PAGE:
Naval Historical Center #50758
Naval guns remained an important category of weapon in spite of the ascendancy of aircraft. They served in three main roles.
Antiship. The heaviest guns on a naval vessel were usually intended for the antiship role. Battleship guns could hurl shells that were 12" to 16" (30 to 40 cm) in diameter and weighed a good fraction of a ton to distances of up to 26 miles (42 km). Cruiser guns were much smaller in caliber (6" or 8" or 15 to 20 cm), still comparable with the heaviest corps artillery. Destroyer guns were comparable to divisional artillery at 4" to 5" (10 to 13 cm), while minor warships typically carried 3" (76mm) main armament.
Antiship rounds were classified as armor piercing or high explosive. Armor piercing (AP) shells were made of hardened chrome steel, usually with a softer nose cap (APC), and carried a small bursting charge with a delayed fuse. The shell was carefully heat-treated to give maximum hardness to the tip of the shell while letting the rest of the shell body retain its toughness. Armor piercing shells were designed to penetrate armor plate through sheer brute force, with the fuse setting off the bursting charge twenty or thirty milliseconds after hitting substantial armor plating. This gave the shell time to pass into the interior of the ship where its fragments would do the most damage. However, an armor piercing shell hitting an unarmored target might well pass entirely through the target without every hitting anything substantial enough to activate the fuse. The soft cap of an APC shell improved penetration of face-hardened armor by protecting the hard tip of the shell from shattering against the armor. However, in the continuing race between arms and armor, a number of naval powers adopted protection systems featuring internal armor belts with outboard shells designed to strip the soft cap off of APC shells before they hit the main armor belt.
The Japanese came up with an interesting variant
of the armor piercing shell, which was called the Type 91 AP Shell or
diving shell. This shell was designed such that if it fell slightly
short, it would continue through the water to hit the hull of the
target ship well below the waterline, where the armor was light or
nonexistent. This had the potential to cause extensive flooding. The
Type 91 had a blunt nose with a thin aerodynamic cap that shattered on
entering the water. American ordnance experts deduced the properties of
the Type 91 from examining the damage from its one success, the
near-destruction of Boise. They noted that it had
poor penetration against heavier armor, and no attempt was made by the Americans to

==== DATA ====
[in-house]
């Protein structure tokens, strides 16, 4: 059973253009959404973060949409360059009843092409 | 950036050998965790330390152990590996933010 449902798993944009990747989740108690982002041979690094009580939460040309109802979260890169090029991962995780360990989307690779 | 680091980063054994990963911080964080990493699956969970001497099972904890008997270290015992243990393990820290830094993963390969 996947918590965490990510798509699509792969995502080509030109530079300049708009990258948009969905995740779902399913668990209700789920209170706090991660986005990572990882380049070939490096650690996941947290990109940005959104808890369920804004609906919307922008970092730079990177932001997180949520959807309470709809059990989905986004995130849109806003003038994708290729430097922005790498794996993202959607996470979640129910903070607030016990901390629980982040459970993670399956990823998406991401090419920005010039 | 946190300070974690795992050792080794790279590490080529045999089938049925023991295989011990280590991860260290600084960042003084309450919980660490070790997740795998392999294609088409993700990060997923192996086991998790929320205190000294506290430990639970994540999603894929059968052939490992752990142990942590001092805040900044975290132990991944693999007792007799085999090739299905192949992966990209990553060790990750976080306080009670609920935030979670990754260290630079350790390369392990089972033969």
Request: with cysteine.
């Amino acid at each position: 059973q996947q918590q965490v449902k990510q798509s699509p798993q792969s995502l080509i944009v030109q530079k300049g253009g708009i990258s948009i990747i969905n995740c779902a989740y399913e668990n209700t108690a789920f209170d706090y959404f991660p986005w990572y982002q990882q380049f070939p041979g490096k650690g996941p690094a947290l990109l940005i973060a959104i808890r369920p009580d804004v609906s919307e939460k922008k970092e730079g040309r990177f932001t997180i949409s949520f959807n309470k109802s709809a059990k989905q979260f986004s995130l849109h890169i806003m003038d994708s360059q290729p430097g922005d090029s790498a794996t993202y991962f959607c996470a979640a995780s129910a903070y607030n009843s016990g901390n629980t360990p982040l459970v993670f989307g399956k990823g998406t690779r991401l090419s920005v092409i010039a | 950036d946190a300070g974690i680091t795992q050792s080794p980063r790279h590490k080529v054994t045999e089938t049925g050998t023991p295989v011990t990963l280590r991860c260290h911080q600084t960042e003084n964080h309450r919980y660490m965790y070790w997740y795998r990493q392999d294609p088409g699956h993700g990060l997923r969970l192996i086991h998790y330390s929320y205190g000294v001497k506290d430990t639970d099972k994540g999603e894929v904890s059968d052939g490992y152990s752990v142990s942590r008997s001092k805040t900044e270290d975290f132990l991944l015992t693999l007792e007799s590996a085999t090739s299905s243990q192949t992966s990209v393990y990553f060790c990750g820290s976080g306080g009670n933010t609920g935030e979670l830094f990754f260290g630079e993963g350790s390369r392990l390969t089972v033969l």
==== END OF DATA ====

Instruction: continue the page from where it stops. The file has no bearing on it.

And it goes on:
duplicate it. However, it seems likely that intelligence on the Type 91 figured in the British development of the "Shark" shell in 1944, which was a 4" (102mm) antisubmarine shell used in the Atlantic.
High explosive (HE) shells were
use against unarmored targets and so did not require as stout a shell body as an armor piercing shell.
Whereas an armor
piercing shell carried perhaps 5% of its weight as high explosive, a
explosive shell carried about 20% of its weight as high explosive. High
explosive shells were equipped with fuses that were activated on
hitting quite thin plating, although naval high explosive shells, like
armor piercing shells, typically set off the explosive charge some
milliseconds after being activated to allow the shell to penetrate.
The effectiveness of various large-caliber armor piercing rounds is summarized in the following table, which gives the maximum thickness of Krupp cemented armor penetrated by the round at a given range (Friedman 1985):
|Shell\Range in yards
||2900 fps (884 m/s)
||2600 fps (792 m/s)
||2400 fps (732 m/s)||20.0" (508mm)
||2500 fps (762 m/s)
These figures are for penetration of a vertical armor belt. Penetration of horizontal armor was much less at close range, due to the shallow angle of impact, so that a 14" shell just failed to penetrate simulated 5" STS deck armor in tests carried out by the U.S. Navy in 1917. Penetration of horizontal armor actually increased at longer range, due to the steeper angle of descent, so that a 16" shell penetrated just 2.65" (67mm) of horizontal STS at 18,000 yards but 4.5" (114mm) at 30,000 yards. Deck hits were also more likely than belt hits at long range. While the split was roughly 50/50 between deck and belt hits at 15,000 yards for a 16" shell, the ratio increased to 80/20 at 30,000 yards.
To penetrate the target, it was first necessary to hit the target. This was a difficult problem for long-range gunnery against moving ships, requiring the gun to place the shell where the ship would be when the shell arrived. The U.S. Navy used various models of the the Ford Rangekeeper from 1916 on to compute the correct firing angle and elevation. This highly classified technology permitted the rapid development of U.S. long-range gunnery following the First World War. Other powers had their own equally closely guarded fire control systems.